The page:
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Can the Trial Court Hold Stepparents in Contempt for Interfering with Child Custody?

For The Love of a Child

The Power of a Trial Court To Hold Stepparents in Contempt for Interfering with Custody and Parenting Time

As domestic advocates, we sometimes receive questions about the rights of stepparents who may be perceived as, or actually are, interfering with the other parent’s custody and parenting time. This situation creates a serious (additional) emotional dynamic within post-divorce and paternity cases.

In other words, the allegation and legal issue concerns a person who is not a party subject to the trial court’s orders but who effectively thwarts these (custody and parenting time) orders to the benefit of his or her spouse and to the detriment of the other parent. Fortunately, most of these cases resolve themselves or come to the tolerable level over time and are mostly attributable to a subsequent spouse protecting his or her mate.

Where this is not the case, traditional legal wisdom has been to file a custody modification, contempt, or take other legal action against the parent for allowing this interference. In other cases, the aggrieved parent may seek a parenting coordinator to address such stepparent interference or other issues that routinely arise between the parties.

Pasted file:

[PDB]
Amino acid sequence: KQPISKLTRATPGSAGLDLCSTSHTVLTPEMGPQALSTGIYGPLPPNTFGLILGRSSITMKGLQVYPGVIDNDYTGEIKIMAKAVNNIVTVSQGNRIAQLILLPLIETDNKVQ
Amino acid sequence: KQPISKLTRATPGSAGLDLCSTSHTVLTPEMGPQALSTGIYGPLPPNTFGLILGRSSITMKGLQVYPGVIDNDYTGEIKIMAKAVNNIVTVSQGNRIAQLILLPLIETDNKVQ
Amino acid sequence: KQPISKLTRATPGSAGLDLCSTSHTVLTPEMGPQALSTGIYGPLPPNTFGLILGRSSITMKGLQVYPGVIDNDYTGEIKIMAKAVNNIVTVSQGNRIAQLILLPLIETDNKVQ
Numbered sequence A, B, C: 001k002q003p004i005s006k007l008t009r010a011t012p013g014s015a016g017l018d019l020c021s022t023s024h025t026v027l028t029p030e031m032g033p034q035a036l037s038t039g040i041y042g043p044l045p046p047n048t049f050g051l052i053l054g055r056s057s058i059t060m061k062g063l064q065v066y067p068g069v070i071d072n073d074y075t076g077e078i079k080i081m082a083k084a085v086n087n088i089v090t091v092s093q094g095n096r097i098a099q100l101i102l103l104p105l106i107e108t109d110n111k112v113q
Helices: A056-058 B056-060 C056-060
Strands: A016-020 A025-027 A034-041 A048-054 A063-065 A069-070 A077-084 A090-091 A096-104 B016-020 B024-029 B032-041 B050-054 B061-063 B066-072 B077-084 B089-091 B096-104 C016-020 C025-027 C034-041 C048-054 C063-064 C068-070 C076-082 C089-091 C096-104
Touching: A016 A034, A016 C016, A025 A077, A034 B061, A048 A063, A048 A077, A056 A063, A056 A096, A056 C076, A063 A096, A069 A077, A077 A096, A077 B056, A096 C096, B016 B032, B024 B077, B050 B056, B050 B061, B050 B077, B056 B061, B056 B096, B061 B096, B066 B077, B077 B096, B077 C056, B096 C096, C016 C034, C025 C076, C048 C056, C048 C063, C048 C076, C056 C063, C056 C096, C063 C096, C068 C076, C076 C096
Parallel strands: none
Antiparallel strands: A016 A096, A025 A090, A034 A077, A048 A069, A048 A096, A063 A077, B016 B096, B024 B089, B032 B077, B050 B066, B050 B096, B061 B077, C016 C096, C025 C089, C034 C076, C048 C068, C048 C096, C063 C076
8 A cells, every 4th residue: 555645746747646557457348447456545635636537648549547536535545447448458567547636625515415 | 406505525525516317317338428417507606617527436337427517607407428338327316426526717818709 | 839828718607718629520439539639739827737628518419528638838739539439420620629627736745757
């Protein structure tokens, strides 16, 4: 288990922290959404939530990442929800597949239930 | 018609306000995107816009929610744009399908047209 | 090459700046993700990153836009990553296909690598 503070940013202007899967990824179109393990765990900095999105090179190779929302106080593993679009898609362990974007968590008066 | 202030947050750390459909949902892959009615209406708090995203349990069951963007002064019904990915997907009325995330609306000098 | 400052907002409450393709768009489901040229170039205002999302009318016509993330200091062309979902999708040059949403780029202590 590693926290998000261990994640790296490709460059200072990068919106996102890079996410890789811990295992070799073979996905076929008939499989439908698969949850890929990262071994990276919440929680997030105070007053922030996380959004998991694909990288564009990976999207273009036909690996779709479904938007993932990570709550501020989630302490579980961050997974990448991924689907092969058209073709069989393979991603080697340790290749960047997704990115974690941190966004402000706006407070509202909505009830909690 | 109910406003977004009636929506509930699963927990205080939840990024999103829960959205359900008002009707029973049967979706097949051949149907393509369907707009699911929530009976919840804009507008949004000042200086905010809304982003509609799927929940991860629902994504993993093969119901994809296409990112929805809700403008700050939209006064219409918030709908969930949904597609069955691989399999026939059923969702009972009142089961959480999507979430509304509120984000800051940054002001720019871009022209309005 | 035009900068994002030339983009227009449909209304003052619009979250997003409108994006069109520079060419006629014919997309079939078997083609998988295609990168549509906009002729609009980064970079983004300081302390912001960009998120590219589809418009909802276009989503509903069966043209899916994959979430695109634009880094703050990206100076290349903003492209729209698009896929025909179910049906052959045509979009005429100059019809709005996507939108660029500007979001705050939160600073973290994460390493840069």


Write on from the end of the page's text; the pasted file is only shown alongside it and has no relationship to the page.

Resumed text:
With a small minority of cases, the parent/stepparent are so closely aligned that none of this direct action against the parent are effective. A range of legal steps are sometimes utilized in an ad hoc way to try to address the acts or omissions of this non-party stepparent. Some of such may well be reflected in requests for protective orders and/or (statutory or trial rule) injunctions.

This noted, in a short, but powerful, published opinion it issued on February 8, 2012, the Indiana Court of Appeals squarely addressed this issue and developed the law in this arena (B.T. v. D.K. and K.K. 09A02-1108-JP-693 (2012)). Contempt lies against the stepparent. The case, B.T. v. D.K. and K.K., involved a mother and stepfather who committed outrageous behaviors to keep the father from seeing his child, N.T.

In reaching its decision to reverse the trial court in granting this non-party, stepparent’s request to change judge (Ind. Trial Rule 76), the Court made clear a person, notwithstanding status as a party, who knows of a trial court’s order, cannot aid in thwarting this order without being subject to the trial court’s contempt powers.

This is an important decision no matter what kind of case is at hand. Without this, a court order would always have enforcement issues if a third party (a non-party, such as a stepparent in this case) interfered and did the bidding of the party who did not want to be bound by the order. The stepfather in this case was (and is) subject to the trial court’s contempt powers, despite not being a party.